Best wishes with your new boat! You've bought a beauty!

capttb 04-27-2009 06:45 PM


My question is should we hire someone to spend half the day with us giving us instruction, tips and feedback on docking, or is it just practice.
Yes, A good instructor for half a day will teach you docking and close quarters handling such that will you do it with confidence.
I keep trying to tell people that you should be able to park your boat just like a car, you simply approach slowly and stop. I've helped a few people in this area and once they learn the "secrets" of propwalk it just takes a couple hours of practice to get proficient. You don't want to get a lot of "dockrash" on your new boat anyway.

labatt 04-27-2009 10:21 PM

I used to be completely scared to dock our sailboat, but now it doesn't bug me at all. My wife always says "Wow" now when I spin her hard around a shallow corner and pull right into a slip. There's no magic though - just practice and getting to know your boat. For example, when you parallel park your car, you just know where your bumpers are. When you pull into a parking spot, you know how close you can cut it to the car in front of you. Likewise, once you get to know the boat, you can make her do anything. By the way - learn the "Back and Fill" maneuver. It will be your best friend, and allows you to turn in a little more than your own boat's length WITHOUT the bow thruster... see for more info.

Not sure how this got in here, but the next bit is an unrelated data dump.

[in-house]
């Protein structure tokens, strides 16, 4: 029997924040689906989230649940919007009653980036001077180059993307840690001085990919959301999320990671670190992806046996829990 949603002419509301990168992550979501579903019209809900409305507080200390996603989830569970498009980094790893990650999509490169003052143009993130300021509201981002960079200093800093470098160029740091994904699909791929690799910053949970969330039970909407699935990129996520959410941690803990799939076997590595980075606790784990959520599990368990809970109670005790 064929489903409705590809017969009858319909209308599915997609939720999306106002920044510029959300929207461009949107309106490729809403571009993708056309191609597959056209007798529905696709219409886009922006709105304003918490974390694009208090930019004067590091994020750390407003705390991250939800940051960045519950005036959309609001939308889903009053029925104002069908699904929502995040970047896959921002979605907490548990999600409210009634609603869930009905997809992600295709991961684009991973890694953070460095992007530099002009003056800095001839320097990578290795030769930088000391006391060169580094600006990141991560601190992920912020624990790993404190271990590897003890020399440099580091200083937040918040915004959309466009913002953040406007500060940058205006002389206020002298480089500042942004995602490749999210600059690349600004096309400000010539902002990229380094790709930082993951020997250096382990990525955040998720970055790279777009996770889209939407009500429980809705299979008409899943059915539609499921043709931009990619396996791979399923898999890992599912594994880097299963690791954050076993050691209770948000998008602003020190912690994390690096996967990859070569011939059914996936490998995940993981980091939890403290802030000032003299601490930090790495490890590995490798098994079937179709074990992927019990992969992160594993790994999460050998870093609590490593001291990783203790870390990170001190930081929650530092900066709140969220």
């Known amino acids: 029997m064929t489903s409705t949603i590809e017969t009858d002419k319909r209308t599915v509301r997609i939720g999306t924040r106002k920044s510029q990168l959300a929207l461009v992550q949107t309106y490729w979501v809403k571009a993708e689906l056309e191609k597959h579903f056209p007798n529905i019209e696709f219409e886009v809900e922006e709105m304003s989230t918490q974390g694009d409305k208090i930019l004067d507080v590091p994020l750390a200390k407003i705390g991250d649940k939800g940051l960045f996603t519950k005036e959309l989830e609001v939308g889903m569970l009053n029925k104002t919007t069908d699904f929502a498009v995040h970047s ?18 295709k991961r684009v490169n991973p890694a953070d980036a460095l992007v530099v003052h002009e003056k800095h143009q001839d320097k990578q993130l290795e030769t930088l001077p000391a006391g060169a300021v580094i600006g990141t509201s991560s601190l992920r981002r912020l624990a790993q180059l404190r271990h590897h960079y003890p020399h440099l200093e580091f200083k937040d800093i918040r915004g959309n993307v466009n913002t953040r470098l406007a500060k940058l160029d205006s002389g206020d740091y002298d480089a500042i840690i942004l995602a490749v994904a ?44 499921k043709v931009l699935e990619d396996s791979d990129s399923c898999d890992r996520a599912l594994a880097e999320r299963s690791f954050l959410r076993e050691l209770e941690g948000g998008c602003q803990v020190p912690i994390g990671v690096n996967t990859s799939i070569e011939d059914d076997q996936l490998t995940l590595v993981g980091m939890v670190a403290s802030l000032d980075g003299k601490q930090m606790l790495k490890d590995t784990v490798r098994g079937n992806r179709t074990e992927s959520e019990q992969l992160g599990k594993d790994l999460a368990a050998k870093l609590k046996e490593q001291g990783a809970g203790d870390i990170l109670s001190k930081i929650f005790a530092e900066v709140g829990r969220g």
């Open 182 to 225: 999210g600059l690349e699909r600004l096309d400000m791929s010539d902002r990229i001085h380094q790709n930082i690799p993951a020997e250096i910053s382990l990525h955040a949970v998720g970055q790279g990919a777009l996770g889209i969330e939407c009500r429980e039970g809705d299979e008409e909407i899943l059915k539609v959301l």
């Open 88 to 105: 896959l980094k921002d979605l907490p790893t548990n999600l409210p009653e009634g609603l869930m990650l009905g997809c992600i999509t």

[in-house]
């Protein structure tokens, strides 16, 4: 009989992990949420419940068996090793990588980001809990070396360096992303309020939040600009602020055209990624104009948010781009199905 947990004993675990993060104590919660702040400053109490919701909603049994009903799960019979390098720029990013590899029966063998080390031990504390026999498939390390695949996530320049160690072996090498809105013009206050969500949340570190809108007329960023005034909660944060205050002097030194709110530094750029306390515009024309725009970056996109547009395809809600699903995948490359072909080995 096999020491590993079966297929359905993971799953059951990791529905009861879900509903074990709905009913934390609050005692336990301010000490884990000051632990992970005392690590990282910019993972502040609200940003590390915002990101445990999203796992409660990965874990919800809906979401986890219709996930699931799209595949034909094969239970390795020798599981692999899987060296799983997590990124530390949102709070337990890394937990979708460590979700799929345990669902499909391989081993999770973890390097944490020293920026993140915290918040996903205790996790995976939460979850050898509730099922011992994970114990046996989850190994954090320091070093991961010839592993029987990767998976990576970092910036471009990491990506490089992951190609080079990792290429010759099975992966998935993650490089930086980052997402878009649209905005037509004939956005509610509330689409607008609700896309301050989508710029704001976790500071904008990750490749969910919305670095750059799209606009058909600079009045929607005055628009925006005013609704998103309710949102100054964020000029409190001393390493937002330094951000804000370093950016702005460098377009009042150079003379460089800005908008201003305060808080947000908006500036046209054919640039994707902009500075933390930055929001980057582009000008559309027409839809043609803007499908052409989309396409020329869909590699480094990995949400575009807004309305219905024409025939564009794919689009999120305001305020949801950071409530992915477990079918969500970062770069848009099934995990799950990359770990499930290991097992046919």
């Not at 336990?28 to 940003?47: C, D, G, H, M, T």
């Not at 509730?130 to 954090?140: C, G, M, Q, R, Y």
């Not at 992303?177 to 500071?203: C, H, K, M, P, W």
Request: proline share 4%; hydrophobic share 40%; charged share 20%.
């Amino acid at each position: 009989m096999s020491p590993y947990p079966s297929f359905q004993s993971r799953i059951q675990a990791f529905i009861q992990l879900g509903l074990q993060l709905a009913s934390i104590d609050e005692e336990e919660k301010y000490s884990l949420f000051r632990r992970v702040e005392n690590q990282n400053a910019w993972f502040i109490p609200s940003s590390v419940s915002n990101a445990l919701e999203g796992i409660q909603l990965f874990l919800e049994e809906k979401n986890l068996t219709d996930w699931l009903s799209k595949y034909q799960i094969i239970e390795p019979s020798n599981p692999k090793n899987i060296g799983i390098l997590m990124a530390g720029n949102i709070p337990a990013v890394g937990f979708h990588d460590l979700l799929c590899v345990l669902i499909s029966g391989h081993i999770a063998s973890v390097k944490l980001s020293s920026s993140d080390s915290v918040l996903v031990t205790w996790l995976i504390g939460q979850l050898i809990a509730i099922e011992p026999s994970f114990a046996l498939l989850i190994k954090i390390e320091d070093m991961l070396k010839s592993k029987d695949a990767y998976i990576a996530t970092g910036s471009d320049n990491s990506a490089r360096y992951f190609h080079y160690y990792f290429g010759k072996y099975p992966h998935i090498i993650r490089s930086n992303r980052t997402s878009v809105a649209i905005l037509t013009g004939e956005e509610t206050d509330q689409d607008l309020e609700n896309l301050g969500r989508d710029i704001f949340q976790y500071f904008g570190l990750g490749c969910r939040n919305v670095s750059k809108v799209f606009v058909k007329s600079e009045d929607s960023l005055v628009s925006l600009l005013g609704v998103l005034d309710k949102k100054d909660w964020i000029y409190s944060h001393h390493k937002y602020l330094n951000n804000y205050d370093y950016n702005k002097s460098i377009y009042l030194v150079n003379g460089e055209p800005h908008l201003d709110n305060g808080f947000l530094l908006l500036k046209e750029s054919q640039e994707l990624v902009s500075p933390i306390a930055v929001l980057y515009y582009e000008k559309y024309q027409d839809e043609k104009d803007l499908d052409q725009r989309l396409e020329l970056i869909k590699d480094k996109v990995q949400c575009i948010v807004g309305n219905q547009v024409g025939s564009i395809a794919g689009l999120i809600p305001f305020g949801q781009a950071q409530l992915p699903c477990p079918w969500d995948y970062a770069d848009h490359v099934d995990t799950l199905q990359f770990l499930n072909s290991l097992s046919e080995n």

Dick Pluta 04-28-2009 09:26 AM

There is no substitute for practice. Go out into open water on a calm day and just play around doing slow turns. Here are a couple of tips I have discovered over the years.

First, a fin keel boat rotates on the keel. When you make a slow turn to starboard, for example, the bow turns to starboard, the stern turns to port and the keel stays pretty much where it is. That means you can start your turn into the slip much later than with a full keel boat that makes a big, swoopy turn. I could turn my old Pearson 30 on a dime. My "new" Islander Freeport 41 takes a lot longer to make a turn.

Second, learn how your boat "prop walks". Depending on whether you have a LH or RH prop, the prop will push the stern one way in forward and the other in reverse. I can almost turn my Islander in place using the prop walk effect. Between that and your bow thruster you can probably carve your initials in the water.

Finally, and most important, never dock faster than you are willing to hit something.

Best regards,

Dick Pluta
Moore Haven FL (for the moment)

painkiller 04-28-2009 09:29 AM


My wife and I hired a captain for a day to provide us with docking instruction. It was well worth the price. I tried practicing on my own quite a bit as Faster recommended, but I really just ended up over-thinking it (too much good advice out there) and repeating my own mistakes. So sometimes having somebody knowledgeable standing by makes the difference.

If your broker can't recommend someone, then try calling Annapolis School of Seamanship and see if they can recommend someone in your area. You never know.

KindOfBlue 04-28-2009 09:49 AM

You should consider buying the "Docking and Sail Trim" dvd from Captain Jack Klang. There are some decent techniques discussed and demonstrated.